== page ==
Allen Fahden:  Yeah.

Karla Nelson:  Again, just putting gasoline and a match on.  I actually had the opportunity to meet with one of our favorite trainers just this morning.

Allen Fahden:  Yes, indeed. So and he-

Karla Nelson:  Most people don’t … Go ahead.

Allen Fahden:  No, I’m just saying and he keeps taking it to new areas. So he’s a wonderful guy and very smart.

Karla Nelson:  Yes and one … Also, the other thing about the Declaration of Independence, most people don’t really know that, which I find fascinating. Don’t you find that fascinating? I have hundreds and hundreds of times doing this both there’s people on the back but the fact that 33 were like we’re fine with the British, 33 wanted to launch the United States of America and 33 just weren’t anywhere … have anything to do with it.

Allen Fahden:  Yeah.

Karla Nelson:  Lucky guess which one is the late and early adopters.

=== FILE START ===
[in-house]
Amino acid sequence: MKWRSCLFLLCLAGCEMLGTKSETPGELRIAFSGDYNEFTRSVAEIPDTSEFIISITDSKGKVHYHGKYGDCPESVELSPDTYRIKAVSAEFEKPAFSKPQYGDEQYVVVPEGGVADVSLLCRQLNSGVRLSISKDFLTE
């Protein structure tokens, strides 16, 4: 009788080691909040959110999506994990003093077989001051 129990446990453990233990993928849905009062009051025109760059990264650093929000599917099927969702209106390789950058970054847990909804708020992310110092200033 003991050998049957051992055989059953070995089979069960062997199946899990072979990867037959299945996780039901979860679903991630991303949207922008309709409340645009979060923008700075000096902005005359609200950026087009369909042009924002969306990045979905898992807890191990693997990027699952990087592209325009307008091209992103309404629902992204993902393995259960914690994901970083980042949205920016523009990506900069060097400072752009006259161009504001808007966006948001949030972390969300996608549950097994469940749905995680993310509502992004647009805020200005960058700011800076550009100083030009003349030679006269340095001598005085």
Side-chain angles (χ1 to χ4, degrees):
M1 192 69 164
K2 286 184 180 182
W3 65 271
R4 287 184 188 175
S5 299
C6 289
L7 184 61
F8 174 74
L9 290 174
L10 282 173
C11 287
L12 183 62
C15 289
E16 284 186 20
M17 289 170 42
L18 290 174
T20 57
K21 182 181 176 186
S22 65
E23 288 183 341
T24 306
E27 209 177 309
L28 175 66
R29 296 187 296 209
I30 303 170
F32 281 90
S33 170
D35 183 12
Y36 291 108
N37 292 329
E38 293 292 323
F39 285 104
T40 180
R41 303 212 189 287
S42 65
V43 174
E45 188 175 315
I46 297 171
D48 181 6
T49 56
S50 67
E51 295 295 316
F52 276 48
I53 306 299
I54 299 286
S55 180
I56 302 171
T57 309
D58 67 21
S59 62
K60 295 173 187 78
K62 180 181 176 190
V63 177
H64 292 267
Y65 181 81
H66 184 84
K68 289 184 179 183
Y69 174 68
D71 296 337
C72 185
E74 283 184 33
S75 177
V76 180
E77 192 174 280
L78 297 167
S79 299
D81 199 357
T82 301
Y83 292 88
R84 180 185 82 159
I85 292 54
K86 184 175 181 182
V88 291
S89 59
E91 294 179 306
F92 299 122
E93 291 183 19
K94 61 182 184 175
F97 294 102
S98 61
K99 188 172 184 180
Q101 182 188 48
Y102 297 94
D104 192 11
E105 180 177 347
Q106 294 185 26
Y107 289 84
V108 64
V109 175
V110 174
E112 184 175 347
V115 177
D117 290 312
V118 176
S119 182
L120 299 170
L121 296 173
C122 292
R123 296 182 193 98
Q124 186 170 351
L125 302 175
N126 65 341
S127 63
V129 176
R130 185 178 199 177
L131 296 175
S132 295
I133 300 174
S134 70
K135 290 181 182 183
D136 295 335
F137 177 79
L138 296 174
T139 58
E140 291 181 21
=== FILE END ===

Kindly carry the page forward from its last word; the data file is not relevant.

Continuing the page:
Allen Fahden:  Yes, that’s right. And meetings continue to be like that today.

Karla Nelson:  Yeah, exactly, and what is that called? It’s called good luck.

Allen Fahden:  Yeah, it’s good luck.

Karla Nelson:  It’s good luck, and there you go on the misfits’ wheel of misery, right? The three dises.

Allen Fahden:  Yes, disagreement, and that’s what meetings are set up for. Disappointment, and that’s what work is set up for. You give somebody an assignment and they come back with something completely different or they come back later or they don’t come back at all. Then of course if you have disagreement and disappointment, that leads to, ta-da, disengagement and disengagement is enormous today.